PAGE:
GREEN BAY, Wis. -- They call it "Zebra" -- the Green Bay Packers' offensive package that includes three receivers plus a tight end and a running back -- and it's just one of a multitude of personnel groups in Mike McCarthy's playbook.
But the way the coach has called plays this season, you might think it's one of the only ones.
With McCarthy committed to running a no-huddle or muddle-huddle offense this season, it has changed the Packers from an offense that once threw myriad formations at an opponent to one that has relied almost exclusively on one package for the majority of its plays.
Just how heavily have the Packers relied on "Zebra" this season? So far, they have used it on 138 of their 176 offensive plays, or 78.4 percent, according to ESPN Stats & Information.
Dating to 2010, McCarthy's reliance on that package has increased each season from just 35.6 percent of the time in 2010, to 45.5 percent in 2011 (when the Packers' offense was as multiple and as productive as ever) and on and on (see accompanying chart).
It has been a sacrifice McCarthy has been willing to make in order to run the no-huddle, where substitutions offset the very purpose of the plan.
"We get the best players on the field, and that's usually in our three-receiver set," Packers quarterback Aaron Rodgers said Wednesday.
As the Packers' offense has struggled out of the gate, ranking 27th in points and 28th in yards, anything is fair game to be reassessed. But it does not sound like McCarthy is ready to make any significant changes -- either in personnel or scheme -- heading into Sunday’s game at the Chicago Bears.
"Our offense really isn't where we would like it to be," McCarthy said. "Whether we're in no-huddle or whether we’re in what we call standard huddle, mechanically what we’re doing I'm comfortable with."
It's likely one of the reasons the Packers have yet to even activate rookie receiver Jeff Janis and have not played tight end Brandon Bostick on offense despite having him in uniform the past two weeks. There simply aren't enough packages to justify using them.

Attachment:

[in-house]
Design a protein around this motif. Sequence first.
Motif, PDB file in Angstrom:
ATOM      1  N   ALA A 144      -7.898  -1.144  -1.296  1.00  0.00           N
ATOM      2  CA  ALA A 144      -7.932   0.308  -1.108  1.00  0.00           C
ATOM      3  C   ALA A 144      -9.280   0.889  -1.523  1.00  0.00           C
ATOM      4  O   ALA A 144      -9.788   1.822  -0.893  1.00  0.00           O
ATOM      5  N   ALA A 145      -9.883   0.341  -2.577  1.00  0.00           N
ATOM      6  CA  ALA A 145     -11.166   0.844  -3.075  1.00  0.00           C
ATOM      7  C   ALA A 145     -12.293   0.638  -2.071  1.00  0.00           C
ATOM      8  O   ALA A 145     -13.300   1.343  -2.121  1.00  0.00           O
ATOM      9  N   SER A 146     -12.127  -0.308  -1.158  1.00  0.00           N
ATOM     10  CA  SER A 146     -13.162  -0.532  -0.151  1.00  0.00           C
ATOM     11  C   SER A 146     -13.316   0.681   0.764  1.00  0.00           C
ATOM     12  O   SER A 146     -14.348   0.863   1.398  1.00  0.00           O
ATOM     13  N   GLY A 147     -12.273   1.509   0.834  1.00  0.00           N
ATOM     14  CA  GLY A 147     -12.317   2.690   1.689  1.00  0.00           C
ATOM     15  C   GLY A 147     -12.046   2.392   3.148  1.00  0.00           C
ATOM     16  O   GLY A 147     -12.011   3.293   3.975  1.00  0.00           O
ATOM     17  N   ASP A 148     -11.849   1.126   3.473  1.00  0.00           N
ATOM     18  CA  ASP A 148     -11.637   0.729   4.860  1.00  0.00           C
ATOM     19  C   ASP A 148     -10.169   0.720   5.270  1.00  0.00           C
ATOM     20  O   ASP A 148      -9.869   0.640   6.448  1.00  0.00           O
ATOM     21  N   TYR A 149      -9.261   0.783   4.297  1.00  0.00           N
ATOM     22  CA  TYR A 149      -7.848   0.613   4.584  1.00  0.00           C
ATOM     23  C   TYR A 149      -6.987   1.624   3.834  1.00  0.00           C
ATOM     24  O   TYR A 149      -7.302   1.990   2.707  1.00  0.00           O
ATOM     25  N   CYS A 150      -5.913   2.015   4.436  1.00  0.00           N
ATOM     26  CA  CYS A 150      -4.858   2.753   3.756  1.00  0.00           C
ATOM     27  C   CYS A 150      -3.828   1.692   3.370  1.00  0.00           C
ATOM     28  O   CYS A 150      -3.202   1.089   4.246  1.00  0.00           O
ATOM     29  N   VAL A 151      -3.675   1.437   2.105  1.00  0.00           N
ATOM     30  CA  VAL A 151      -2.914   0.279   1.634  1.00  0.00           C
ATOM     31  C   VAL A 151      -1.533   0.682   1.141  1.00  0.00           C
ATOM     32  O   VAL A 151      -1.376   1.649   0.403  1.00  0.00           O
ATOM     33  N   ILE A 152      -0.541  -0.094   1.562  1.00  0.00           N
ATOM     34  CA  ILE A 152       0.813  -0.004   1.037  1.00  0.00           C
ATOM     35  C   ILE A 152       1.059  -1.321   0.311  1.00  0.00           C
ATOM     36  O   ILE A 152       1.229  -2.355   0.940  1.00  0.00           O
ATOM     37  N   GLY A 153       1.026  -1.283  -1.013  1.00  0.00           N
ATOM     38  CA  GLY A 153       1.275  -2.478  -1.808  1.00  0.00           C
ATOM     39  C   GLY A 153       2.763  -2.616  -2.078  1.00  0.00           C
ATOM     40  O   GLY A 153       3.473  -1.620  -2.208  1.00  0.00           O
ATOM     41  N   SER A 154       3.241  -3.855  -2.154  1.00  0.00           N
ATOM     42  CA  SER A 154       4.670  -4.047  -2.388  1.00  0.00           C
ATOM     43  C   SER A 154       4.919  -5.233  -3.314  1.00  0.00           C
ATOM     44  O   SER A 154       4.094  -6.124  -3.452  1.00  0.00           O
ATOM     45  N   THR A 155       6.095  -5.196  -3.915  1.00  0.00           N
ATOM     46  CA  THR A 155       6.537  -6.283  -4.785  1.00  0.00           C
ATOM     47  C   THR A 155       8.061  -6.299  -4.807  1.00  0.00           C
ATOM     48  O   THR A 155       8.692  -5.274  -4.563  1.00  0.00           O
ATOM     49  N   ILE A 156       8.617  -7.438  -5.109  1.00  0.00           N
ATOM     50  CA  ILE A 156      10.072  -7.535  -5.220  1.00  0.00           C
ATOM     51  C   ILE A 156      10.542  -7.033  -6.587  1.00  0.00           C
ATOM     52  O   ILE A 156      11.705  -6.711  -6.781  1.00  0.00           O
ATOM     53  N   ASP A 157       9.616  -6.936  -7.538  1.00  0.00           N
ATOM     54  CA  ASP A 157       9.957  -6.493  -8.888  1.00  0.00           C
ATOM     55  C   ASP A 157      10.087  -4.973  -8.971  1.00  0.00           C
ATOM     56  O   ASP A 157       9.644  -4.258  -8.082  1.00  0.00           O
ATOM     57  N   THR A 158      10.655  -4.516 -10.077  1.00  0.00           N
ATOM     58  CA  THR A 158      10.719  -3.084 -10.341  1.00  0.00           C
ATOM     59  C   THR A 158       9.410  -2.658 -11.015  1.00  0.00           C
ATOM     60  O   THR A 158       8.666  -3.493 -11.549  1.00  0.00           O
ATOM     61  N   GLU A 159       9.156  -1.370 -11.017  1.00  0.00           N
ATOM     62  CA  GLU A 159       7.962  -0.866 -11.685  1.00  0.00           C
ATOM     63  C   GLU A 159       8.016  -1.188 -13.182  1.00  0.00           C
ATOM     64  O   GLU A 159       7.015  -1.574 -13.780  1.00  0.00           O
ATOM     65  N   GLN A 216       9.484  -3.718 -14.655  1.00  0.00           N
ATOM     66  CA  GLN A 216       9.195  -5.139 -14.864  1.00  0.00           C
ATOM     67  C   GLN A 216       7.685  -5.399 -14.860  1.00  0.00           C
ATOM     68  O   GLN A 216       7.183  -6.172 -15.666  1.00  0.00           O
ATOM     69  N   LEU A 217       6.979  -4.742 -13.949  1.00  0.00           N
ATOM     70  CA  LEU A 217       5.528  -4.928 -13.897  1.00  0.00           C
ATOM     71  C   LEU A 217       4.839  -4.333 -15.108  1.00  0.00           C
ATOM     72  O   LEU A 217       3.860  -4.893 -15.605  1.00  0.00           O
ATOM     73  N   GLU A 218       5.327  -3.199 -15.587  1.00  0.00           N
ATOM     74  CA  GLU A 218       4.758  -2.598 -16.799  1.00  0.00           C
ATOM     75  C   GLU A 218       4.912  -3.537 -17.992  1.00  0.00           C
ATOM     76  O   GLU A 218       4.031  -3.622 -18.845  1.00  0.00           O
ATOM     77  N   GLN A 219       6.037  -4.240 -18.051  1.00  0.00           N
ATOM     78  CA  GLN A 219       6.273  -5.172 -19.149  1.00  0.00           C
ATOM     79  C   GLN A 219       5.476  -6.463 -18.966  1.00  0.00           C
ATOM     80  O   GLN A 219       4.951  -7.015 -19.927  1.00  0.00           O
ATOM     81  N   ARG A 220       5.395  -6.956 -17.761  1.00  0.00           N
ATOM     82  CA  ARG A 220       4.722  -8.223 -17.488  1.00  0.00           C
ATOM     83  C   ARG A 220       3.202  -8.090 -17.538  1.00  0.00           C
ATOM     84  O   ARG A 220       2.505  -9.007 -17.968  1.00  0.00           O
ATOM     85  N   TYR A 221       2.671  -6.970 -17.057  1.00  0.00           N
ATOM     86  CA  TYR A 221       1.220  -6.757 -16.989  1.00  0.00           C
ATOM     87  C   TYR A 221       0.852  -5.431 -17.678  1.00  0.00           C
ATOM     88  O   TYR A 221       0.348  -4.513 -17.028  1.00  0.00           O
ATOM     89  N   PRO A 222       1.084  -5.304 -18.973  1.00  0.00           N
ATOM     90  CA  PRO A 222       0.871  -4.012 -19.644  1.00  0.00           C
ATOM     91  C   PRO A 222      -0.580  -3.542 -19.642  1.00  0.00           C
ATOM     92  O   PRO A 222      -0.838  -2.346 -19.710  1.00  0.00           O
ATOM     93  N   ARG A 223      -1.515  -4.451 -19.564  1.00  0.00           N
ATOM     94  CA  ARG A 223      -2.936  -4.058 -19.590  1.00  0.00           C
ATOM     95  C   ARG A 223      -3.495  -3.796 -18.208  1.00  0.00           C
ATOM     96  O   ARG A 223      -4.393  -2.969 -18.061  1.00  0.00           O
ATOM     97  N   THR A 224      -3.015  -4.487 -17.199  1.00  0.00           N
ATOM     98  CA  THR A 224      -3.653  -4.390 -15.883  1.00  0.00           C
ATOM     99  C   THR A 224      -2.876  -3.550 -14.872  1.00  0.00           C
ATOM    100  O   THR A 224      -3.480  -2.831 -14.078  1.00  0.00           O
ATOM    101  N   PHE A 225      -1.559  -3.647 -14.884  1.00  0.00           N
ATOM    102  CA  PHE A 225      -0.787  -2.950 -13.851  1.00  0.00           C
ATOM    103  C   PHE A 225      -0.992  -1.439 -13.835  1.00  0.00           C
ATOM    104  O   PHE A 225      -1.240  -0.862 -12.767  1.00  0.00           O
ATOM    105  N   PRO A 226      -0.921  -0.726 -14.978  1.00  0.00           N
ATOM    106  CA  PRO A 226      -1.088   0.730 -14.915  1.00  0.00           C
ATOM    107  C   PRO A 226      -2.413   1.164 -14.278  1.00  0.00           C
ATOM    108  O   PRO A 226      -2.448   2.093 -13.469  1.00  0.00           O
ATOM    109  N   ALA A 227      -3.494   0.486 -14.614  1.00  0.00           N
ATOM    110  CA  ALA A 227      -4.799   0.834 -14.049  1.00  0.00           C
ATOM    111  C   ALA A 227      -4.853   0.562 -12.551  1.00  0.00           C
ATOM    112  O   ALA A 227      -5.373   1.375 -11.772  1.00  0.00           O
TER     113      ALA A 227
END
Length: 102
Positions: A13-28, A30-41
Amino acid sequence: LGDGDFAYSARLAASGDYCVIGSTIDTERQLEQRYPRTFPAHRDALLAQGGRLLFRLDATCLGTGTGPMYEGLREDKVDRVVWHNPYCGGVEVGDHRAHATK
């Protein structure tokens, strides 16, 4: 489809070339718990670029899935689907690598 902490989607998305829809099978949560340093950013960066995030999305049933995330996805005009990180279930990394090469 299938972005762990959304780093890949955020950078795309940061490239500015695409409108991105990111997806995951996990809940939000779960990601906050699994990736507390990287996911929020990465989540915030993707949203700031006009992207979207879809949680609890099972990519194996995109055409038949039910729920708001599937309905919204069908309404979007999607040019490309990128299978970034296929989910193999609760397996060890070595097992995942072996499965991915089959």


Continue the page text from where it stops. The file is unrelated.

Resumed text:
"You can also make the argument: What is your best personnel?" McCarthy said. "How much more do you want to take your third receiver off the field and bring a second tight end? Or are you just going to play with one back? Or bring a fullback on? Those are things that are all part of the conversation and really as your roster develops, where we are in our program, particularly with our quarterback, this is clearly the way we’re structured is the best utilization of our players."
The problem is, outside of receiver Jordy Nelson (who is second in the NFL in receiving yards with 351) the production has been scarce. Other than Nelson (who is averaging 15.3 yards per catch), the Packers don't have another receiver at better than 9.0 yards per catch, which is where Randall Cobb sits with his 14 receptions.
Cobb's lack of production is perhaps the most surprising, given how involved he has been in the offense the past two seasons.
"Well, I think we're close," Rodgers said. "We've had a couple opportunities. We both haven't hit on those. But I have a ton of confidence in him, you know we train together in the offseason, you know we have a lot of conversation during the week. I have a ton of confidence in Randall, and we're going to start making some big plays."
What the Packers need -- and what the whole point of the no-huddle was supposed to be -- is to run more plays. Officially, they ran just 51 against the Lions, a long way short of their goal of 75 offensive snaps per game.
"We had 50-some-odd plays last week," Rodgers said. "We're hoping for 70-plus, so we're definitely underachieving in the no-huddle. Situationally, we haven't been that bad. I think we're 47 percent on third downs, which is decent. That's going to finish in the top 10 for sure. But we're just not finishing off enough drives with points."